Algorithms and Avocados

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The connection between fighting a threat to one of California’s favorite fruits and recently published research by a Harvey Mudd College computer science professor and his colleagues isn’t immediately evident. On the way to connect one dot with the other, there’s a story about the mutualistic pairing of a beetle and a fungus, extensive biological fieldwork and a nod to Darwin’s prescient writings on co-evolution. But, as two recently published papers demonstrate, the solution to an increasingly serious problem and others like it may depend on the ability and speed of a computer program.

Ran Libeskind-Hadas, R. Michael Shanahan Professor of Computer Science and an expert who studies algorithmic issues in computational biology—in particular, the problem of reconciling pairs of evolutionary trees—co-authored “Invasive Asian Fusarium–Euwallacea ambrosia beetle mutualists pose a serious threat to forests, urban landscapes and the avocado industry,” which was accepted to the journal Phytoparacitica. A second paper, “DTL Reconciliation Repair,” co-authored by Libeskind-Hadas, Harvey Mudd student Anna Ma ’17 and Pomona College student Dima Smirnov ’17, has been accepted to the 2017 Asia Pacific Bioinformatics Conference (APBC) and will be published in BMC Systems Biology.

The first paper deals with testing the hypothesis of co-evolution between pairs of species, in this case the Euwallacea ambrosia beetle and the fungus Fusarium. The researchers used a Harvey Mudd-developed software package called Jane to compare evolutionary trees of the two systems. The algorithm posits the most likely scenario by which the beetle and her best pal fungus developed their 21-million-year-old mutualistic relationship, which helps researchers to better understand the pair’s co-evolutionary histories.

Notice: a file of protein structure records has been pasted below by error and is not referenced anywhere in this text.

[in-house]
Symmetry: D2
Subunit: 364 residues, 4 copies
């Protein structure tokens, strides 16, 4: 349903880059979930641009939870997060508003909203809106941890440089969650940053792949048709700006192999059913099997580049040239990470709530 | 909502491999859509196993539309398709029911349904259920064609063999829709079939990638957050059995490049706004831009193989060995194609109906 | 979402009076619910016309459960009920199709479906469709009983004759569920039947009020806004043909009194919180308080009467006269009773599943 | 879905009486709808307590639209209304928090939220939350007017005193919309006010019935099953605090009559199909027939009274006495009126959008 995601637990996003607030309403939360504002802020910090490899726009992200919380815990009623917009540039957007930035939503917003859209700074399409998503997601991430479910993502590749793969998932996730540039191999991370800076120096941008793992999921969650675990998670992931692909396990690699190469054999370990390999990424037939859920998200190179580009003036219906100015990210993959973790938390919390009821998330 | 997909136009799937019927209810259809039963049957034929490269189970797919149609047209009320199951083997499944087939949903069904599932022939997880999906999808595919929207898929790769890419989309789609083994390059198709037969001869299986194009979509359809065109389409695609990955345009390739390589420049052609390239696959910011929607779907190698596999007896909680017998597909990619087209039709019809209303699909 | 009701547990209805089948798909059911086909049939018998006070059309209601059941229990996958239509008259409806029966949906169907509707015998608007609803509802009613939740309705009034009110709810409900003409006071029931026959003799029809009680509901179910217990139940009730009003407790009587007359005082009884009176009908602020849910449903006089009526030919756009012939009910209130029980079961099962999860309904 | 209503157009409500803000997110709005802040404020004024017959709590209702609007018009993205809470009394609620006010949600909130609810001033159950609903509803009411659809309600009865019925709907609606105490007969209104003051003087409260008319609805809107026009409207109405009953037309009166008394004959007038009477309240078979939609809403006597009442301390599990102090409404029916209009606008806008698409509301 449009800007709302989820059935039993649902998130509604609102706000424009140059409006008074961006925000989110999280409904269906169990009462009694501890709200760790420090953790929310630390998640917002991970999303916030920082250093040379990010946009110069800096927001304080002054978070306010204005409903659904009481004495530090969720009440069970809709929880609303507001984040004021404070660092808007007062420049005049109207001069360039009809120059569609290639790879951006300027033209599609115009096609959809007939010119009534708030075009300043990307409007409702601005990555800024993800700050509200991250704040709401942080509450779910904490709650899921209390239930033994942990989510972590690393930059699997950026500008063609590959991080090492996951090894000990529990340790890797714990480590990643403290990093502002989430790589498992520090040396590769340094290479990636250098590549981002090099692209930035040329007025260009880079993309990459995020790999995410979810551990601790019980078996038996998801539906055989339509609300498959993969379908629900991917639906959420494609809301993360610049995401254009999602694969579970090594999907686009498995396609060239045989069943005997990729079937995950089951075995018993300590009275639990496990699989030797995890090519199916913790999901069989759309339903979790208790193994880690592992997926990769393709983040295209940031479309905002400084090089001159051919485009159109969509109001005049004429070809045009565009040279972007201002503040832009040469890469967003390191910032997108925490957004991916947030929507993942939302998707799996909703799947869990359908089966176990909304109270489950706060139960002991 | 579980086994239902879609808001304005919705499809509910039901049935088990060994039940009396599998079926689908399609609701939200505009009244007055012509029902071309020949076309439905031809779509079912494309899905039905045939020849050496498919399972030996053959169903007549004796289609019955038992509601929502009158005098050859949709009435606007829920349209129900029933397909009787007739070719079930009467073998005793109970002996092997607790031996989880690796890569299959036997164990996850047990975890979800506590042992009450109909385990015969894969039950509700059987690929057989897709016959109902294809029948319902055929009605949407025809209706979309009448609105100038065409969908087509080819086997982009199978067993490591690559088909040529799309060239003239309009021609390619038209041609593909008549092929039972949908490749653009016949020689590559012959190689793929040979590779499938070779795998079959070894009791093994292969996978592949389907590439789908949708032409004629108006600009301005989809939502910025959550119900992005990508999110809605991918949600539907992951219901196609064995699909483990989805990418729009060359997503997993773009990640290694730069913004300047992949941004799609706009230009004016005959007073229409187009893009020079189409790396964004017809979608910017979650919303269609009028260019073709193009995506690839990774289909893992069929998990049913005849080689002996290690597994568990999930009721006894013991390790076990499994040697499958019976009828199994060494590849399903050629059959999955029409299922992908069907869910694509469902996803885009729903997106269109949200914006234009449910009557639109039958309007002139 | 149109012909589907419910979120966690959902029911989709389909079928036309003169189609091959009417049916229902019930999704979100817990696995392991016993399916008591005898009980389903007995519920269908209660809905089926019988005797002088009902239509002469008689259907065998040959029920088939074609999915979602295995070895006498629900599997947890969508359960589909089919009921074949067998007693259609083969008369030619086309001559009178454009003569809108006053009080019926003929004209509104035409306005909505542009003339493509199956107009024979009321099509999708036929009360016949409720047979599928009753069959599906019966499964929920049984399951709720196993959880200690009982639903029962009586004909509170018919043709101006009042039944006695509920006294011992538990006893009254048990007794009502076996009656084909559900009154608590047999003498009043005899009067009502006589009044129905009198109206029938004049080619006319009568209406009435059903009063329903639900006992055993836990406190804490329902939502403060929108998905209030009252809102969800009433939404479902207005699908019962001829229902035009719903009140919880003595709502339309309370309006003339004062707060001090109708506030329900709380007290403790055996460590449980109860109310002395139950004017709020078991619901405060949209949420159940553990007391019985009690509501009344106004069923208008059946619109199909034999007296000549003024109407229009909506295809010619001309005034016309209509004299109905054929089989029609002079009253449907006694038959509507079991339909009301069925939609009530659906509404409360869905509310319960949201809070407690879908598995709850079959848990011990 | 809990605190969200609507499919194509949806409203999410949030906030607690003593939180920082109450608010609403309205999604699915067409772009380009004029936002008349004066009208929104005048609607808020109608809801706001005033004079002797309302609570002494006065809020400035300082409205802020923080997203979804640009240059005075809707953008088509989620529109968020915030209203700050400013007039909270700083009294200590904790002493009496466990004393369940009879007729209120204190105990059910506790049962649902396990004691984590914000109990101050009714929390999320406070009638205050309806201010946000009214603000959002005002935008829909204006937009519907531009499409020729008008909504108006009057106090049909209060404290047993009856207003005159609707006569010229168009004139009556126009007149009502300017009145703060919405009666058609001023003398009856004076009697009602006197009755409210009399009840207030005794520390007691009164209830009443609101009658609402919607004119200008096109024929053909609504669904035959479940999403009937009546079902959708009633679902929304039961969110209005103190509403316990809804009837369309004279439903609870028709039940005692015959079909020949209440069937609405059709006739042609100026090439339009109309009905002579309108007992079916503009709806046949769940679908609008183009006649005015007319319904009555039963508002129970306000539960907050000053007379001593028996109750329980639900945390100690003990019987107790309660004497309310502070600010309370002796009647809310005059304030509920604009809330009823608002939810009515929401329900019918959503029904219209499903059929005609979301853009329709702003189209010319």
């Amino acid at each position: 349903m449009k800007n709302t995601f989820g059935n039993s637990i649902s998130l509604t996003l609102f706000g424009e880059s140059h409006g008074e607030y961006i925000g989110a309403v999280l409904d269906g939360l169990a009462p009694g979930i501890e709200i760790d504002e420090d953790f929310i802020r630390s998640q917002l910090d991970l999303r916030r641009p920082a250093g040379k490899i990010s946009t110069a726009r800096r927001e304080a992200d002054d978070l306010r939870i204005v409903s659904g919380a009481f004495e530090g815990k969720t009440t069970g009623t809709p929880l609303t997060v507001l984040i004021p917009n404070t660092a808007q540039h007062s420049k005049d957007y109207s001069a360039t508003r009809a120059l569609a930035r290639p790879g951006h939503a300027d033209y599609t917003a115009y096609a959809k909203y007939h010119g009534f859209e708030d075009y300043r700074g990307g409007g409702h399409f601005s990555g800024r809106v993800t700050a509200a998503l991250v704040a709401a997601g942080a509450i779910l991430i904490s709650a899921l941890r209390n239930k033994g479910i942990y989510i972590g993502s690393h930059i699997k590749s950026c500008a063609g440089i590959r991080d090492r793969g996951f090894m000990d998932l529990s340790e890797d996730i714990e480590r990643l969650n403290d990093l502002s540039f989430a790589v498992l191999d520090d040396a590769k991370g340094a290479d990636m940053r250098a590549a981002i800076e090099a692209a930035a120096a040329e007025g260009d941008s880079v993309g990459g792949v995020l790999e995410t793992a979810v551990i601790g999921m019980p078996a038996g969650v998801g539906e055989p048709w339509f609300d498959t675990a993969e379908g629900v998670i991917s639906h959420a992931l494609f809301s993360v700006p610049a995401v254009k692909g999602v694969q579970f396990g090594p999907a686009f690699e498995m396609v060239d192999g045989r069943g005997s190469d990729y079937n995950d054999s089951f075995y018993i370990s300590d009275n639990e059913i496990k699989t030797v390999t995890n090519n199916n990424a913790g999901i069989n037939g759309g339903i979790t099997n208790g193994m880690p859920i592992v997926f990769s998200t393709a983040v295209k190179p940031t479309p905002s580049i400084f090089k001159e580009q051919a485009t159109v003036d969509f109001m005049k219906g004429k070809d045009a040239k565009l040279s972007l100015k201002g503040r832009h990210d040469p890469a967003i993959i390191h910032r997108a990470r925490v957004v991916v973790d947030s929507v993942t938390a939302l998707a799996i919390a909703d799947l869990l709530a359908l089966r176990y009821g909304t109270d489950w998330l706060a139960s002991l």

While Libeskind-Hadas’s interest and involvement in this research is focused on the computational step of the process, the self-proclaimed “avocado guy,” acknowledges that the research may be used in the future to solve serious problems created by these notorious BFFs, namely the mass destruction of several species of tree in California, including the avocado. “Ultimately, that’s what’s driving this,” he says. “I love seeing this work being used in practice, but fundamentally, the problems I’m working on have nothing to do with beetles. At the moment, I would say this is still in the realm of pure science.”

Guacamole lovers eager for a quick solution to the beetle-fungus problem are probably out of luck, but the second paper, “DTL Reconciliation Repair,” may provide some hope. In their current research, the team looked at ways of improving Jane to perform phylogenetic tree alignment more quickly. “As the data sets get larger, it takes more time to get results,” says Libeskind-Hadas. “We found that in about 15 percent of the data we tried, we were able to slightly outperform the best algorithm we have. If you’re going to spend years doing fieldwork, even a small amount of extra accuracy in the computational step is meaningful.” Ma will present the paper at APBC in Shenzhen, China, in January.